Despite continued oppression by the military government in Egypt, schoolteachers have been on the streets demanding more money for education. The teachers went ahead with their protest outside the Press Syndicate in the capital, Cairo, despite being refused permission to do so by security forces.

Teachers earn so little money that they are forced to offer private tuition in the afternoons in order to supplement their salaries. This is more or less expected of them, to the extent that some of the 40% of teachers who are on temporary contracts earn very little or even nothing at all, on the basis that they can make up their money with private lessons. The reason parents are prepared to pay for such lessons is the chronic underfunding of schools in the country. And of course such a system drives a wedge between teachers and parents who understandably resent having to pay for a service which should be provided free by the state, according to the Egyptian constitution.

The protesters are demanding both improved pay for teachers and proper funding for education.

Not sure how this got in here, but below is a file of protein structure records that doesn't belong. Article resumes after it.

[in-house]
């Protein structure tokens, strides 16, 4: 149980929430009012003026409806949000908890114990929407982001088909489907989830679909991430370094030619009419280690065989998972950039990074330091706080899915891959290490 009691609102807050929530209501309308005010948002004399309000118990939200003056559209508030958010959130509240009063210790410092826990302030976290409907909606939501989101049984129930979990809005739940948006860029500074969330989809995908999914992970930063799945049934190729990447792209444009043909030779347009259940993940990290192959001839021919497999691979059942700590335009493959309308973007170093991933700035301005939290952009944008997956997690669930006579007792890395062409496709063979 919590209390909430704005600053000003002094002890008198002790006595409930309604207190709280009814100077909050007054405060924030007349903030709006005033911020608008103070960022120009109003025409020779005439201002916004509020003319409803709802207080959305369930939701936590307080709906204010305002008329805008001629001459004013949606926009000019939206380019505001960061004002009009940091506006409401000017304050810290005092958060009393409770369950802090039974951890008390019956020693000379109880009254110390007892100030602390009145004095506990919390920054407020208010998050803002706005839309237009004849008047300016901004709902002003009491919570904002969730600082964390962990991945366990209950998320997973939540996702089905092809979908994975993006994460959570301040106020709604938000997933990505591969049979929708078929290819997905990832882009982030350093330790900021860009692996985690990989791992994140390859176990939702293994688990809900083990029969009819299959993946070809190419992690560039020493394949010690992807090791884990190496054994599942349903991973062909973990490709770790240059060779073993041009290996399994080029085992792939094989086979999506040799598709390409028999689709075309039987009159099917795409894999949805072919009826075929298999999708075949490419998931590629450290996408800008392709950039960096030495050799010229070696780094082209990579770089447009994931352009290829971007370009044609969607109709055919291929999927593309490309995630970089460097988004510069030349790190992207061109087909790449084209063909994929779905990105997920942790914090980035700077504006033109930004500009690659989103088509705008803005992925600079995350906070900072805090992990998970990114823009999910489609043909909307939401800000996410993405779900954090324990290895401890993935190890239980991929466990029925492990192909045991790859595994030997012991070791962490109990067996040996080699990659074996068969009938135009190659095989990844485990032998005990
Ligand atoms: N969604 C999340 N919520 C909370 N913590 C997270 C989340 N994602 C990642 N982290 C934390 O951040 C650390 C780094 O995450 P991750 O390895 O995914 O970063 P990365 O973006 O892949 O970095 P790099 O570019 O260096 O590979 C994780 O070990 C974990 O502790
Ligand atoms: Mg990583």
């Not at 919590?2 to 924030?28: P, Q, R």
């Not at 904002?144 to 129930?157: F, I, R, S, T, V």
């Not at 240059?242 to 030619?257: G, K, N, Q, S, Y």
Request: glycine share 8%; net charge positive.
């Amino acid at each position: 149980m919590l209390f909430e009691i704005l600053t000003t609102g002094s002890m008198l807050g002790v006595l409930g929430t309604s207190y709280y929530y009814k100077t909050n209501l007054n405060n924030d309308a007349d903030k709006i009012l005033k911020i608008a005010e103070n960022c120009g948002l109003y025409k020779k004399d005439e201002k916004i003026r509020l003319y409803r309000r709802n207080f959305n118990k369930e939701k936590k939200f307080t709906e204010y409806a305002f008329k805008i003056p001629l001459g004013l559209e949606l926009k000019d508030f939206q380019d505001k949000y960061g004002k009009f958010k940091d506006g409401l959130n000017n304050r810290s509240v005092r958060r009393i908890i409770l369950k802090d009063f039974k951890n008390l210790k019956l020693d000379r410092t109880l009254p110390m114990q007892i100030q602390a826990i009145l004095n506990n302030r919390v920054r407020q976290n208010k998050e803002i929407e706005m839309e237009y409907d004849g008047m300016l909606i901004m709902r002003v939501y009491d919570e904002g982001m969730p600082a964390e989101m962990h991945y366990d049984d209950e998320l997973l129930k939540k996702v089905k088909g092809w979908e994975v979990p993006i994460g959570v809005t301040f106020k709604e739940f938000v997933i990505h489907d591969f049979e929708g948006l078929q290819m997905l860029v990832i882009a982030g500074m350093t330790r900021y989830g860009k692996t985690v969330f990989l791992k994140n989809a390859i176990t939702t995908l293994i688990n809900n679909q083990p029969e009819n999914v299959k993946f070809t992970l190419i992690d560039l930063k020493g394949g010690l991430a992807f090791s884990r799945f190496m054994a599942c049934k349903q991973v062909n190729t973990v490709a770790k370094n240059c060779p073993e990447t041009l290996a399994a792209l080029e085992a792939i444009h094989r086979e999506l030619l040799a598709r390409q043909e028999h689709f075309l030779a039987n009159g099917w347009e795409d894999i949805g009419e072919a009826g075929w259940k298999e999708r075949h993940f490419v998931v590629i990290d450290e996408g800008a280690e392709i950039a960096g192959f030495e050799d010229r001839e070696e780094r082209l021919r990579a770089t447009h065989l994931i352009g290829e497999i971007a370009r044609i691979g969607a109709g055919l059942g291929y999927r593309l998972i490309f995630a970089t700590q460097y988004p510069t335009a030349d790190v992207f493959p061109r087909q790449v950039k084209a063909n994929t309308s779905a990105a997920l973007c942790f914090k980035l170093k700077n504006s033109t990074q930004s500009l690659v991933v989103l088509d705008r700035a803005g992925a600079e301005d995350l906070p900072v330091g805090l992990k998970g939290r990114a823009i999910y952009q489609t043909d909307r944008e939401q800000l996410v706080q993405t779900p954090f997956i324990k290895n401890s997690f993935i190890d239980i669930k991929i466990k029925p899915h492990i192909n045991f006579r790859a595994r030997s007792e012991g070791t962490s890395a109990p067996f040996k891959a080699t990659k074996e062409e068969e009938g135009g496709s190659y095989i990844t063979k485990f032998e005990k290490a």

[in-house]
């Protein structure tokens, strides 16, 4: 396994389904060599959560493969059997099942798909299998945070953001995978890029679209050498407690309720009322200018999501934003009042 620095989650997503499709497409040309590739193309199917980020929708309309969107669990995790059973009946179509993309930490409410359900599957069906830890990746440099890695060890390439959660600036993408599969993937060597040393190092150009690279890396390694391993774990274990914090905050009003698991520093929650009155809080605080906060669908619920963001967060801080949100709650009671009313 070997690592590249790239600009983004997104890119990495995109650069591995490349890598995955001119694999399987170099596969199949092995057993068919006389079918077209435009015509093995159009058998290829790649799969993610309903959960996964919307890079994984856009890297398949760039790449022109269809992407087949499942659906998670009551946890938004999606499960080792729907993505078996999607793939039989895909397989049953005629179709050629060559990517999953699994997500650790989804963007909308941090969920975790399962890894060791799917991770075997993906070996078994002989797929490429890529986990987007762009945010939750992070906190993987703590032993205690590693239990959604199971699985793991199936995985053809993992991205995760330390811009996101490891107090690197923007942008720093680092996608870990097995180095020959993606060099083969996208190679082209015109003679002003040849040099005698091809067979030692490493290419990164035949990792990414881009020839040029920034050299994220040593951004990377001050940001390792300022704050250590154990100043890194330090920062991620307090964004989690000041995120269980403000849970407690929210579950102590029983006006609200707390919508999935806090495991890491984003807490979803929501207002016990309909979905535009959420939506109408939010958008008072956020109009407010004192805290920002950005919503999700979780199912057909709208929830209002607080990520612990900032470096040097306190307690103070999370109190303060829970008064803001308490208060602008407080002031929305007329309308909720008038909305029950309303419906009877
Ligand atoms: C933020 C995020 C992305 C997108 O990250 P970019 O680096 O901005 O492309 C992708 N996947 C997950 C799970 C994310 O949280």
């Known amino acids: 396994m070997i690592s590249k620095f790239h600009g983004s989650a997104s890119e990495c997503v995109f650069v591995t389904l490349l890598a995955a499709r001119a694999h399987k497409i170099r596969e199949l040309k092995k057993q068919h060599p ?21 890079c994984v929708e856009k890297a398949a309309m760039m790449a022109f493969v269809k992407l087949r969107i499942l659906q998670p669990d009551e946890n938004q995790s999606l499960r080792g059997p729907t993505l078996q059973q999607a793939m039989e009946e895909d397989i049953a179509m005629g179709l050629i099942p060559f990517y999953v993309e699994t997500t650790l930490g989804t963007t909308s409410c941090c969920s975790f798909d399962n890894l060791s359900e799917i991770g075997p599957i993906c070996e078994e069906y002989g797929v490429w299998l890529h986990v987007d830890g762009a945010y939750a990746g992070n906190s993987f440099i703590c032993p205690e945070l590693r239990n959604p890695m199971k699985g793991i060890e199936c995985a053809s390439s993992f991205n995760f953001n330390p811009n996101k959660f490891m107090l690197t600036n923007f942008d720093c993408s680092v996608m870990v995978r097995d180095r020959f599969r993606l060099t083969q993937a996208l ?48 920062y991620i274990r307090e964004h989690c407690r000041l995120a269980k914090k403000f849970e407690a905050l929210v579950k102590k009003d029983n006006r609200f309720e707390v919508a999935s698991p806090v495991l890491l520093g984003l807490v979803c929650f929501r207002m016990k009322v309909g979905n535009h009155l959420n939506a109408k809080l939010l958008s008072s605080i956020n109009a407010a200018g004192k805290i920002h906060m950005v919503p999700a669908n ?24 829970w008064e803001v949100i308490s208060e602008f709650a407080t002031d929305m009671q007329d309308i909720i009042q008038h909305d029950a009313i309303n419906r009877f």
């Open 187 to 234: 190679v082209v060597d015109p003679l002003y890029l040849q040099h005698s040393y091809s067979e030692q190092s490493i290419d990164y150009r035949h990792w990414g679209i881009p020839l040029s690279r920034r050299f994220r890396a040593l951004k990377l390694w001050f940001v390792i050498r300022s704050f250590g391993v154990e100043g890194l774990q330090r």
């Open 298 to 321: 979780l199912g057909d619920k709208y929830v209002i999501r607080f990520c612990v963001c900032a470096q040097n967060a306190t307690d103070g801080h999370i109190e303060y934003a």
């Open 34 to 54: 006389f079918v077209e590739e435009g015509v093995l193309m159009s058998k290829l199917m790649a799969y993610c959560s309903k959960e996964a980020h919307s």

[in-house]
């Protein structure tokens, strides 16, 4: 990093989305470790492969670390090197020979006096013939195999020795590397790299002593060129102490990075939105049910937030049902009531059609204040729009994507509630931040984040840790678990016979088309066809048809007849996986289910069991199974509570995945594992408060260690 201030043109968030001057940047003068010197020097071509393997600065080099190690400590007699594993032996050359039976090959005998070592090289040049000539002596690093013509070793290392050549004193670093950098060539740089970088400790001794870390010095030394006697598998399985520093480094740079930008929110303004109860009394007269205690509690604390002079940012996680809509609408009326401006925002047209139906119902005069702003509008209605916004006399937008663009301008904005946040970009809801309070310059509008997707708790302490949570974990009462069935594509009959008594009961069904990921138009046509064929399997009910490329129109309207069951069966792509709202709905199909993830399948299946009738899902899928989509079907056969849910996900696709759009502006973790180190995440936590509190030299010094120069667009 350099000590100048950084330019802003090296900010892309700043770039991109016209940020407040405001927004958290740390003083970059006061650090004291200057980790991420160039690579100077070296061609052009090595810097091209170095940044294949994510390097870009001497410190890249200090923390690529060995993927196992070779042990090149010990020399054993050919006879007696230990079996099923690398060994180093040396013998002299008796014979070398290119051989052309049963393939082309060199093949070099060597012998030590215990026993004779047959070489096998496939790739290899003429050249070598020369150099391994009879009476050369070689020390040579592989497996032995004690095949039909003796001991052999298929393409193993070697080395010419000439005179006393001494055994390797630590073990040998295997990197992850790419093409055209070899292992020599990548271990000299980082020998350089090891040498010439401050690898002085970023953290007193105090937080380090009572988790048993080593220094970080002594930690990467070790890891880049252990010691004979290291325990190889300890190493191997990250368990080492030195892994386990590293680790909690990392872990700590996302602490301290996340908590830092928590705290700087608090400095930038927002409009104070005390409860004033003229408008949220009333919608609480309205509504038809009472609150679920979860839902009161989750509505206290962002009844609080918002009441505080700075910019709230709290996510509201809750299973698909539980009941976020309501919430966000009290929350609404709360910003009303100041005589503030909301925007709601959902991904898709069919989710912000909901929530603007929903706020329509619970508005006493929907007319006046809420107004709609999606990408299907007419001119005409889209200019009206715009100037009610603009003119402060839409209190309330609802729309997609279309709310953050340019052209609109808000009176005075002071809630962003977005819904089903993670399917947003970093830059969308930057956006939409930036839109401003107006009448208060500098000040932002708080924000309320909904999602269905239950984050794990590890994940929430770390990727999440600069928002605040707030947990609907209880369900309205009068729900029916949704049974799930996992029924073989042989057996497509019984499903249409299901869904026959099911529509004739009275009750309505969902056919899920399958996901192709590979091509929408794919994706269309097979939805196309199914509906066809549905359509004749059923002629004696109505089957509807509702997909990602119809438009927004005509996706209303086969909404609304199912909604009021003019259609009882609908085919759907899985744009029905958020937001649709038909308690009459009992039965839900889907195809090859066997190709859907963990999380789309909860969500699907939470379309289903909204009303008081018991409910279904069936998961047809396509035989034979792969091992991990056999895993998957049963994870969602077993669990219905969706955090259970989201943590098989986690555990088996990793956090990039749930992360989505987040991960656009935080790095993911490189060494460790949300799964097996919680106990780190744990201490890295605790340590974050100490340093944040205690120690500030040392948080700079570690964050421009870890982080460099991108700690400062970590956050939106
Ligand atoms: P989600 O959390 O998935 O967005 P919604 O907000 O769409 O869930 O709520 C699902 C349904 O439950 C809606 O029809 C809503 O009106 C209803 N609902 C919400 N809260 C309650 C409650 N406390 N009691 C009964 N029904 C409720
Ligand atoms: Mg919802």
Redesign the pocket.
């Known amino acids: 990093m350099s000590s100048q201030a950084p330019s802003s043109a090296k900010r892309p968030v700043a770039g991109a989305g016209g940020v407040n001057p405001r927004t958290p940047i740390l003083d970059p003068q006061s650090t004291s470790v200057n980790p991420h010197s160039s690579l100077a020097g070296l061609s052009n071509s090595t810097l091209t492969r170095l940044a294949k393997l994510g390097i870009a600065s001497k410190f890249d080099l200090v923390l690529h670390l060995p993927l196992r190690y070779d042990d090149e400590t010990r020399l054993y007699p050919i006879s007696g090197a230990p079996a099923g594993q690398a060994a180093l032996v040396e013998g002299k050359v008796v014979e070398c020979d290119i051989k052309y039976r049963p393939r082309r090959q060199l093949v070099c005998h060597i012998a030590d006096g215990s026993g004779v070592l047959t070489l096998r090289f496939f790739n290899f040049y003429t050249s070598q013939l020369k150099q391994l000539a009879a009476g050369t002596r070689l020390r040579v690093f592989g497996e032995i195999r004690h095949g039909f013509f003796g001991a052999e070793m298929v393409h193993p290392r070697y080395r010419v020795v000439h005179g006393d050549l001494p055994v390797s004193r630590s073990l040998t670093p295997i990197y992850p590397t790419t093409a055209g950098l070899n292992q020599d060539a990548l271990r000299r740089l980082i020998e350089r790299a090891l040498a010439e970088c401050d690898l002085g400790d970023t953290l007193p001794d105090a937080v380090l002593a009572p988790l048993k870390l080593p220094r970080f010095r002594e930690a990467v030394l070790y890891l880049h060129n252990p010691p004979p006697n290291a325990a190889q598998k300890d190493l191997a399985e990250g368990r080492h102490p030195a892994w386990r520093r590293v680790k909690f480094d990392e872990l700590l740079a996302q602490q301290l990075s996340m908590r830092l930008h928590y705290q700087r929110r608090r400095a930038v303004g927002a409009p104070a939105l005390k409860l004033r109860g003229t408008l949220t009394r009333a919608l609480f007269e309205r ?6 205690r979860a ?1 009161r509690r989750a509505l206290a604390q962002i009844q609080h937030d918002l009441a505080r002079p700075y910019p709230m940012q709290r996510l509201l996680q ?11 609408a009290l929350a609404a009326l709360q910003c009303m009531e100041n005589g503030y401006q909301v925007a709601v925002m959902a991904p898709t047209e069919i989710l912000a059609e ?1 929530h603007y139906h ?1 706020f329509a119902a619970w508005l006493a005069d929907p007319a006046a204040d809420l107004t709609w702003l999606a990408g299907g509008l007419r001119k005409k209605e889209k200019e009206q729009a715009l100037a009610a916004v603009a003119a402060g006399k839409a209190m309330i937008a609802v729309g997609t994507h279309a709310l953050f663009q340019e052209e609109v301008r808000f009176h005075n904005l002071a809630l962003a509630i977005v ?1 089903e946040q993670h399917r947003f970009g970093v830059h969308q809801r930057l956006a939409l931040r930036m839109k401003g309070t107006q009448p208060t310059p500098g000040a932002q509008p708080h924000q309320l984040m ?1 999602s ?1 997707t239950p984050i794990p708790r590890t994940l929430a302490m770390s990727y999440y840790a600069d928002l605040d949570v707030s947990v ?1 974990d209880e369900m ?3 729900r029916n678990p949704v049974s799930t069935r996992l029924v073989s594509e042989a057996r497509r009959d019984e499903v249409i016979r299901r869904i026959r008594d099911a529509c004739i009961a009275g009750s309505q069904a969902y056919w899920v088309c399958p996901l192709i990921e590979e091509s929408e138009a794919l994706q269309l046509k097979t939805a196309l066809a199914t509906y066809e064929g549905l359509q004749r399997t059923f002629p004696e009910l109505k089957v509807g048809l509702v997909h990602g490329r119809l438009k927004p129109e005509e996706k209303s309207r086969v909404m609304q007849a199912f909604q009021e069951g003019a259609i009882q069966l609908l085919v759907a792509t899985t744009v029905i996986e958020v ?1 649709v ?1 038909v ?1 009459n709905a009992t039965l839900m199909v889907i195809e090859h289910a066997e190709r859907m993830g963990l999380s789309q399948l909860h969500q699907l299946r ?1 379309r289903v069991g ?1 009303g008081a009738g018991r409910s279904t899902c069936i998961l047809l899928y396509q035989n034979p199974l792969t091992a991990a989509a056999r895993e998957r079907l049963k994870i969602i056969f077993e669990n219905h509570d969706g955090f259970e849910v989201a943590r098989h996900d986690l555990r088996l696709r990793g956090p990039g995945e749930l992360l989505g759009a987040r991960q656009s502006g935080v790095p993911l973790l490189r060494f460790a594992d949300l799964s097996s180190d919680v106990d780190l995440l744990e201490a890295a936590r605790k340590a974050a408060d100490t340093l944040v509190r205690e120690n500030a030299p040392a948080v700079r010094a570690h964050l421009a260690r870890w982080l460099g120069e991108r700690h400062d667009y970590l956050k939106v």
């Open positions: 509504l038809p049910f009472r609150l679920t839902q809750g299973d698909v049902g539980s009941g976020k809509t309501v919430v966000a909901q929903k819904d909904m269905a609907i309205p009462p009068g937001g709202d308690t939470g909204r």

In another development, the Sisi government has frozen the family assets and seized the personal funds of Abdel Hafez Tayel, the director of the Egyptian Centre for the Right to Education. He, along with other leaders of human rights organisations is accused of taking money from foreign donors and is liable to up to 25 years in prison if found guilty. This latest attack is part of a wave of repression carried out by the Egyptian government since it seized power in 2013.

A spokesperson for the human rights organisation Amnesty International said: “The Egyptian authorities are using this case as a way to crush the country’s human rights movement. Meanwhile, the government’s brutal crackdown on dissent shows no sign of stopping, with enforced disappearances and torture becoming a matter of state policy. Egypt needs these critical voices more than ever.”

It is notable that this repressive government is one with which countries which purport to 'defend democracy' such as the EU, the US and the UK are happy to do business.